David recognized himself in Nathan’s story. Do we recognize ourselves in David’s story? Are we it, as Nathan said David was? And if we are, how should we respond?

David repents of his crimes and mourns his dead. And then he and Bathsheba have more children, who have children in their turn, in a line that leads directly to Jesus. The Bible traces that line, telling very colorful stories along the way, but some themes remain constant. The Gospel we just heard, like the Old Testament lesson, is about repentance and forgiveness. If we’re wrestling with our own guilt, it contains very good news, because it tells us what to do.

The Pharisees were devout, observant Jews who loved God and prided themselves on following God’s commandments, including purity laws. The Pharisee in the Gospel obeys God by offering basic hospitality, asking Jesus to share a meal with him. He’s appalled when a woman of ill repute shows up at his house, making a spectacle of herself by kissing Jesus’ feet, bathing them with her tears, drying them with her hair, and anointing them with expensive lotion, presumably purchased with ill-gotten gains. This is terrible, thinks the Pharisee. How can Jesus let this woman touch him? She’s unclean. Doesn’t he know that?

Jesus does know that. Furthermore, Jesus knows that the woman knows her own guilt. She knows she’s it. She also knows that God forgives her, and her gratitude for God’s lavish act of love expresses itself in her own lavish love. “Her sins, which were many, have been forgiven; hence she has shown great love. But the one to whom little is forgiven, loves little.”

All of us have done wrong, somehow, to someone. But if we recognize our wrongs -- if we say, “Yes, I’m it, and I’m sorry” -- then God’s love and forgiveness can transform our guilt into joyous love shown other people. The more aware we are of our own faults, of how much we have been forgiven, the more grateful and loving we will be in response to God’s great grace.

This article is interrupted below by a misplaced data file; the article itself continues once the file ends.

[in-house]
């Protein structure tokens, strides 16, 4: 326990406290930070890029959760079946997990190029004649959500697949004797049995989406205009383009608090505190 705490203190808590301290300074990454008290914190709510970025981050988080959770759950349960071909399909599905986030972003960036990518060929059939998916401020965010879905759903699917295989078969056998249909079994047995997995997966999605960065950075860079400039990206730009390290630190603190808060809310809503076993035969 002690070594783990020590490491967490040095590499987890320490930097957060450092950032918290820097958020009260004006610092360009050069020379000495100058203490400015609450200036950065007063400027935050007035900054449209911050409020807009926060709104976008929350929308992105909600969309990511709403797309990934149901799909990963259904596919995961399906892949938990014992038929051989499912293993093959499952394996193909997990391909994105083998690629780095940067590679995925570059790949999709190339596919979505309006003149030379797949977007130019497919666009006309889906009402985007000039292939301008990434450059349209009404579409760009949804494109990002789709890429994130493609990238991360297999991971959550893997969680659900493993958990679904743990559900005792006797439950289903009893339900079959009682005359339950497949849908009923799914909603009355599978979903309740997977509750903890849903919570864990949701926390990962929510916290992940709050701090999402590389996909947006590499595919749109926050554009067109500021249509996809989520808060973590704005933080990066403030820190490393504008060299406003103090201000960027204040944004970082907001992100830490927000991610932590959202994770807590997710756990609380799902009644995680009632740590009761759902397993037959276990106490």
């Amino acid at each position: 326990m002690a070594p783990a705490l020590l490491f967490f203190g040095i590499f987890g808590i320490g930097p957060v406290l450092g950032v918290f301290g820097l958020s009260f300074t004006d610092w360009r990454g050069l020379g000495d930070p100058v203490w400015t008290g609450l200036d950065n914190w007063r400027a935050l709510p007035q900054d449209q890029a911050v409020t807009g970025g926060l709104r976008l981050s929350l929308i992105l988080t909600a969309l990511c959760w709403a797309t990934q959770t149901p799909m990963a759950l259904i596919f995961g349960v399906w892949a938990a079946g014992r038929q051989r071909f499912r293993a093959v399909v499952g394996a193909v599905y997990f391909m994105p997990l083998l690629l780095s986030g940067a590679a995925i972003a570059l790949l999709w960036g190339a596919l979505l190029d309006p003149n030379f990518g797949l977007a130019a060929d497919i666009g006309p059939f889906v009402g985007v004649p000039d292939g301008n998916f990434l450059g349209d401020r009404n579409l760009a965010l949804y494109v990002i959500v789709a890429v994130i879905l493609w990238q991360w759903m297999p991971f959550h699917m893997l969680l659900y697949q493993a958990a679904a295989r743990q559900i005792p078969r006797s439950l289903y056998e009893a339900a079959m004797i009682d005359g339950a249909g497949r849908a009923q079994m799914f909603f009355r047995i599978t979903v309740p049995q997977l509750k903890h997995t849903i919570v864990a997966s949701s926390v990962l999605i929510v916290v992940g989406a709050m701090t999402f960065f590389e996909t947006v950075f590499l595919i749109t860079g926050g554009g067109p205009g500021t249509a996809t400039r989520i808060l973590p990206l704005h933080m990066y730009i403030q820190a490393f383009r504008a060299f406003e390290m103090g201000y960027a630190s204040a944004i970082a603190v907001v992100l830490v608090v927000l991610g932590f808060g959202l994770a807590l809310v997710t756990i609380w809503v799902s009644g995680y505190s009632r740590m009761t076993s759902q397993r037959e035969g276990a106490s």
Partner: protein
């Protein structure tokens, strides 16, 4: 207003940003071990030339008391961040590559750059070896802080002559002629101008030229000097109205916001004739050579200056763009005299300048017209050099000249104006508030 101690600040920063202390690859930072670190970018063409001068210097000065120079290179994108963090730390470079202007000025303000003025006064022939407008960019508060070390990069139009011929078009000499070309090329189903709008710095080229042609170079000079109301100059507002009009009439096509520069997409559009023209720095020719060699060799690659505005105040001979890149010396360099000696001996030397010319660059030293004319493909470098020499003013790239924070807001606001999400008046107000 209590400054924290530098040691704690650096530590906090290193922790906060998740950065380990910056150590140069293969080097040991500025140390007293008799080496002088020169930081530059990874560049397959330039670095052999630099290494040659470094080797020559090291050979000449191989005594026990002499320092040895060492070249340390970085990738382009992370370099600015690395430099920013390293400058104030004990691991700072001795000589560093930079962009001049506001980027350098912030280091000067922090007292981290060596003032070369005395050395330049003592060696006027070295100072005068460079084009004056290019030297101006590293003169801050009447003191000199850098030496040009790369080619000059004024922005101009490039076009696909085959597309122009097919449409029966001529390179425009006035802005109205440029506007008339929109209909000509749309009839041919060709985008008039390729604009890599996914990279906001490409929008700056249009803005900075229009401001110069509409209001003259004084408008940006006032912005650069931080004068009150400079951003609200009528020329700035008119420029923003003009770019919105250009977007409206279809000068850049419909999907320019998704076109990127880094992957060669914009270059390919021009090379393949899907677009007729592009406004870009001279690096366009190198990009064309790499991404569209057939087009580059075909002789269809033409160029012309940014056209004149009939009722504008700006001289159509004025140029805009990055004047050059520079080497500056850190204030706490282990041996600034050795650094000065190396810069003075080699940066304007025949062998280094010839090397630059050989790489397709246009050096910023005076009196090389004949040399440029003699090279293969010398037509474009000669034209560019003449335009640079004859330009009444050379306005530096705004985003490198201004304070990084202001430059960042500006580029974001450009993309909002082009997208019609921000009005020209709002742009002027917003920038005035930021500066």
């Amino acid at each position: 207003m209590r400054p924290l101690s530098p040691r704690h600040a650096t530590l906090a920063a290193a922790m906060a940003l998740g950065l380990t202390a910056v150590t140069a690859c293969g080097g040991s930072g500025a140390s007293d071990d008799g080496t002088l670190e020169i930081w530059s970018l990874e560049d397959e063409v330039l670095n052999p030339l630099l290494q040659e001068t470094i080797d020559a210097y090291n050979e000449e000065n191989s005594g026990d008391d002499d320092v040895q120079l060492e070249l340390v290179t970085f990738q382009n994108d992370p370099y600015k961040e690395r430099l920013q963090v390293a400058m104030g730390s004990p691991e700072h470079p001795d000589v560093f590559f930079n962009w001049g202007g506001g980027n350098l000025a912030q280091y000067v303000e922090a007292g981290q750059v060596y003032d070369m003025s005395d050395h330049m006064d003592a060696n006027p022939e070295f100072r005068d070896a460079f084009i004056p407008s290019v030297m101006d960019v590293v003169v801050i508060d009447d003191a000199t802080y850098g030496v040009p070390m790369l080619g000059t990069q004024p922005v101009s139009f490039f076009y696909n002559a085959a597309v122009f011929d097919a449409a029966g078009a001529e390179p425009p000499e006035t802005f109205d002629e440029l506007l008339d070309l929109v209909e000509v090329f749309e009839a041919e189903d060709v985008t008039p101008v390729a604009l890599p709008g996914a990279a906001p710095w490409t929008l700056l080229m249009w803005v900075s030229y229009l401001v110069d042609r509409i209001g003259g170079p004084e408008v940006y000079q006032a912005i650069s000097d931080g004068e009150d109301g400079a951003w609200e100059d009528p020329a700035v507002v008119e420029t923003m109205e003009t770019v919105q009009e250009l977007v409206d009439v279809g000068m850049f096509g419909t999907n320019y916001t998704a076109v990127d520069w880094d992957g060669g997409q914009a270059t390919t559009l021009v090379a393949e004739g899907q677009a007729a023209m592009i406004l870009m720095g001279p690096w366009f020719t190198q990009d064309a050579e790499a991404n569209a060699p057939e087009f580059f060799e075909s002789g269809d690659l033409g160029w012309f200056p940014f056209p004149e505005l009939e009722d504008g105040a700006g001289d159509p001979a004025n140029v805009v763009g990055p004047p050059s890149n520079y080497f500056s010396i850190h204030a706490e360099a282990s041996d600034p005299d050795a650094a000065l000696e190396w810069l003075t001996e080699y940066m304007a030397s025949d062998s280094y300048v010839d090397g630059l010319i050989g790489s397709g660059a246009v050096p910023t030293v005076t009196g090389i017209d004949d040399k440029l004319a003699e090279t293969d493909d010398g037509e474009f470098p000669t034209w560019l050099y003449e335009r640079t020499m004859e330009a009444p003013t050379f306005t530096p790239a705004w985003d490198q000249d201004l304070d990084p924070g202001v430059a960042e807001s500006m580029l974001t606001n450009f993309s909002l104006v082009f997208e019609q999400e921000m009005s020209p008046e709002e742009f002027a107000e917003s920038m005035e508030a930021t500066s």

Baptism is a sacrament of cleansing, of forgiveness. The baptized have promised, in person or through the proxy of their parents and other sponsors, to renounce evil. In a few minutes, all of us will promise to continue repenting of our sins, and to signal that repentance by performing specific actions in the world. We will promise to seek and serve Christ in all persons, to strive for justice and peace among all people, and to respect the dignity of every human being, no matter where or to whom that human being was born. We will promise to express our gratitude to God in lavish love of our neighbors.

That love can take many forms. We may volunteer in a homeless shelter, hospital, or prison. We may pledge to visit a nursing home once a month. We may sign up for the special Big Brothers/Big Sisters program that provides stable adult friends and mentors to the children of inmates. We may volunteer in at-risk schools. We may send money to Episcopal Relief and Development, or Doctors Without Borders, or Heifer International, all organizations that work to help children -- and adults -- in other countries.

Whatever actions we take, we will take them not because we are such good people, but because we know that we, too, have done wrong, and because we are so grateful for having been forgiven. On this Father’s Day, we will begin our repentance with the acknowledgment that we are all children of one father, called to love all our relatives, near and far.

Happy Father’s Day. We’re it.


  1. Paul A.5:52 AM

    We’d all rather avoid this part of the tale, prefer to end on the happy note of David’s repentance and forgiveness. But the Scriptures, and the editors of the Episcopal lectionary, haven’t allowed us that luxury.

    The editors of the Roman Catholic lectionary were kinder: in our version of this week's readings, the story from 2 Samuel does end on the happy note of David's repentance and forgiveness.

  2. Lovely homily, Susan. I shared it with my family. Thanks for posting it.